Given the well-documented deeds of Lenin, Trotsky, Stalin, Khrushchev, Brezhnev, Yeltsin, Gorbachev, and Putin, a casual geo-political history buff might get the mistaken idea that the brutal, seventy-year Communist experiment in autocratic rule was a Soviet-era invention. But the Soviet approach—centralized power, the Bolshevik/Communist party’s complete emasculation of other political parties in parliament (so that they retained sole authority to make appointments to powerful posts in both party and government), and impotent local governments around the vast country—was just another flavor of an inheritance from tsarist times, when corrupt forms of personal patronage owned the day. At the close of the twentieth century, the country was on a nearly five-hundred-year run, with only spasmodic episodes of political enlightenment along the lines of European-style democracies.
Taken in its entirety, this fantastic book by former BBC Moscow correspondent Martin Sixsmith points to a nature vs. nurture conundrum: Are the Russian people uniquely predisposed to brutal autocratic rule? Why did so many Russian rulers take hesitant steps toward political reform only to revert back? Do the country’s endless borders present such a psychological burden as to leave its people in perpetual fear of invasion?
In five sections and forty-one short, accessible chapters, Sixsmith exemplifies good storytelling. He writes with the cadence and comfort of a professional talker, and all of Russian history seems to earn his complete interest. Even so, the years of Stalin’s reign form the heart of his book.
Following Lenin’s death in 1924, Stalin was not in a favorable position to assume the top leadership position and needed all of his political gifts and a fair amount of luck to seize and then consolidate power. Sixsmith says Stalin made it “his business to know the blemishes on everyone’s [primarily Trotsky’s] record, and he used them to blacken his opponents.” Indeed, he could play rougher than anyone.
Forward through the collectivization of Soviet agriculture, the great Ukrainian famine of the early 1930s that Stalin deliberately worsened by cutting off supplies to anti-Soviet areas, his perfecting of the Siberian gulag system, and numerous blundering and murderous military decisions throughout World War II: Stalin’s name became synonymous with the most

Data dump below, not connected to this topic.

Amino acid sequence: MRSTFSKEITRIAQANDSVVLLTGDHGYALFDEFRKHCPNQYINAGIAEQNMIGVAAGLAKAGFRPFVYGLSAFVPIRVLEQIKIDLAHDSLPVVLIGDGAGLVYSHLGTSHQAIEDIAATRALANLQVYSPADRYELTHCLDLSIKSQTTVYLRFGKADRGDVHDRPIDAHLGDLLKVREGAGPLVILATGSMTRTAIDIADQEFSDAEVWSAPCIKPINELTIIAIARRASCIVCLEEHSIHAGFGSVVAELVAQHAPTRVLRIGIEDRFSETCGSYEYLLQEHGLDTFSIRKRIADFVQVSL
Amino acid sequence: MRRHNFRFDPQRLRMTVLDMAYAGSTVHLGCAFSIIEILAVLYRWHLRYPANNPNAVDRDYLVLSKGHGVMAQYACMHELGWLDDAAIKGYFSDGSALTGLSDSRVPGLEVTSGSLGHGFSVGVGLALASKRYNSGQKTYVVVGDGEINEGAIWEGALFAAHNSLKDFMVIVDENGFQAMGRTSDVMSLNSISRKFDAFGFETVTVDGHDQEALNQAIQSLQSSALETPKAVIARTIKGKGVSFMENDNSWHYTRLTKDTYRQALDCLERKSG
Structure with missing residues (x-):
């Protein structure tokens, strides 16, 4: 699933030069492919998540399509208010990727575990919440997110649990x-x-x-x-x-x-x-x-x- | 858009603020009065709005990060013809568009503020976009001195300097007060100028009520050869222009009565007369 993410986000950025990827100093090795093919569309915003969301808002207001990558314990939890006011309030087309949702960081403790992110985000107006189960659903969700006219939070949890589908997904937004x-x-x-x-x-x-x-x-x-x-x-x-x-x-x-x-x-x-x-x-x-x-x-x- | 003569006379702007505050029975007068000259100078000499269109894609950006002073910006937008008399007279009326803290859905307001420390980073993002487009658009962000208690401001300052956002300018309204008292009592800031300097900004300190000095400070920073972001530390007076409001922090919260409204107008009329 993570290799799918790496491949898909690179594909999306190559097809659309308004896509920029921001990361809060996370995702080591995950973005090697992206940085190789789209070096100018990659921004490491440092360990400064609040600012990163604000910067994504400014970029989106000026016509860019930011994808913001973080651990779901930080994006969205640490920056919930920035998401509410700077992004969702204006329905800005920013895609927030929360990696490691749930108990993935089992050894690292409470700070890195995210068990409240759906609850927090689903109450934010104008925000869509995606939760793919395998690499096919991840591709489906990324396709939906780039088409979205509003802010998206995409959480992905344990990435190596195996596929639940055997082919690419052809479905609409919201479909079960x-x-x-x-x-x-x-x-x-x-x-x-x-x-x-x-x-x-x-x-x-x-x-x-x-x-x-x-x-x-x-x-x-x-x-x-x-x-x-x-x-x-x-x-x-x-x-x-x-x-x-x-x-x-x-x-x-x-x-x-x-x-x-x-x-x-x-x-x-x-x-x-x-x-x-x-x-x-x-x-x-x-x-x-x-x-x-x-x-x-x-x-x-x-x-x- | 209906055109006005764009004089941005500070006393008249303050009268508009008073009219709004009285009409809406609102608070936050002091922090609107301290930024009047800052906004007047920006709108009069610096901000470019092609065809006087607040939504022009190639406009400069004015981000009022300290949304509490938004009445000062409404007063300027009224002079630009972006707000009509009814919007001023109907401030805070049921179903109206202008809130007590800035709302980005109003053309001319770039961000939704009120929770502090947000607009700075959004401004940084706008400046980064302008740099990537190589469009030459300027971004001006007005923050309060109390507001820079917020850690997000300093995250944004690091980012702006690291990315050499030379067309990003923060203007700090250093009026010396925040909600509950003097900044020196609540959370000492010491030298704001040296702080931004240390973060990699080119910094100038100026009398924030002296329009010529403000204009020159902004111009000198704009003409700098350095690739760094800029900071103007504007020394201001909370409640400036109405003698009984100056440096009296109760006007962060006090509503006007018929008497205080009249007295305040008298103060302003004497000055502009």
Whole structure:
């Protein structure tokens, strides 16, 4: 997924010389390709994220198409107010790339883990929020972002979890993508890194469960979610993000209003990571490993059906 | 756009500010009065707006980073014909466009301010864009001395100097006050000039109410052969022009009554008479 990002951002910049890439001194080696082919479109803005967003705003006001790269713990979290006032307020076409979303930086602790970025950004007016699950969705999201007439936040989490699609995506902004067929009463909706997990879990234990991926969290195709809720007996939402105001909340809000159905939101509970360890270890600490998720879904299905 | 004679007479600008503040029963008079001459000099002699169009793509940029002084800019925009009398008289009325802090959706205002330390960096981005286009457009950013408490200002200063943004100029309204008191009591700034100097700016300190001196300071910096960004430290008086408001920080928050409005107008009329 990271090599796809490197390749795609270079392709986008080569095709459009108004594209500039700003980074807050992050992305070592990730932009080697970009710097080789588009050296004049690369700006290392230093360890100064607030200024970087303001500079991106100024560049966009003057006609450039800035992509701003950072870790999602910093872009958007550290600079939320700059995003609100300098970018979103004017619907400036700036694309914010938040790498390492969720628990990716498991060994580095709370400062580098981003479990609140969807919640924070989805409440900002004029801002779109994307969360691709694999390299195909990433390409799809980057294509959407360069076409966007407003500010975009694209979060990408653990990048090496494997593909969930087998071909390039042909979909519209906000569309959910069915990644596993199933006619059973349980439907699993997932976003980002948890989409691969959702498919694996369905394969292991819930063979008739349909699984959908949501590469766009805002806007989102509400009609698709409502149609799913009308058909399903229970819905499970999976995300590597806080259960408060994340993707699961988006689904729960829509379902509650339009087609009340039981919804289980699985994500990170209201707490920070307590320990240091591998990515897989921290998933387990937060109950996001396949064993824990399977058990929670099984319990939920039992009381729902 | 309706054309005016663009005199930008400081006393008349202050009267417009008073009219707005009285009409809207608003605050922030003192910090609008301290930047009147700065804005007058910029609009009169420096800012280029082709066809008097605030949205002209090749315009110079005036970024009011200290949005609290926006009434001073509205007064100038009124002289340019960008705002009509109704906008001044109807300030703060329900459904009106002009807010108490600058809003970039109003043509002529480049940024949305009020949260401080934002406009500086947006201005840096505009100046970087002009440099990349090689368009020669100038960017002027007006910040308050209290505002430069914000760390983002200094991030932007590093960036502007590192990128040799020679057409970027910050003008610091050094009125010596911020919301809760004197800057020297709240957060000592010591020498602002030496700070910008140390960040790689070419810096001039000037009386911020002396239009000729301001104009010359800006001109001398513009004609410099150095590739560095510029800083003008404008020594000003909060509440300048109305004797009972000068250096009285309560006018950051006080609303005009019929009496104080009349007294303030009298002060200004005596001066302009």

brutal, psychopathic ruler known to history.
In the early chapters, Sixsmith repeatedly points to Stalinesque atrocities perpetrated by other Russian leaders. Ivan the Terrible, for example, recognized the need to unite the semiautonomous Russian lands at a time when greater Russia was threatened by Lithuania and Poland to the west, Sweden in the north, and various Muslim entities on southern and eastern borders. At his coronation in 1547, Ivan stated, “For the first time, a prince of Moscow claims the title of tsar of all Russias, and puts an end to the divisions of the past … We shall establish an army with universal military service and all—all!—shall serve the state. Only a strong ruler can save Russia.”
Not much later, foreign observers were shocked by the difference between Russia and the governments just to the west. In his Notes of Muscovite Affairs, the German writer Baron von Herberstein notes: “In the power [Ivan] holds over his people, the ruler of Muscovy surpasses all the monarchs of the whole world … not one of his counselors has sufficient authority to dare to oppose him or even differ from him on any subject—in short, they believe he is the executor of the divine will.”
But certain noble families in various parts of Russia did bristle at Ivan’s power grab, and when the tsar retaliated to perceived threats, real or imagined, he would earn in full his “terrible” moniker.
Later in the book, in his dissection of Peter the Great’s often merciless reign, Sixsmith again illuminates a governing style that only someone like Stalin could love. “The first clues that Peter’s reforms might not be all they seemed came in the very way he set about building his new capital [St. Petersburg]. While the city rose, gleaming and splendid, its foundations—laid on gigantic crates of stones sunk by slave labourers into the boggy mire—were literally full of the dead. Peter knew his workforce was perishing by the tens, perhaps even the hundreds, of thousands … But he put the interests of the state above the interests of its people. What clearer image could there be of the survival of the old despotism even as it purported to introduce the new, ‘modern,’ civilized Russia?”
To his immense credit, Sixsmith understood that a one-thousand-year lens was necessary to showcase Russia’s complex and contradictory identity. His triumph in this book is capturing the baffling, troubling, poetic genius that is the Russian spirit.
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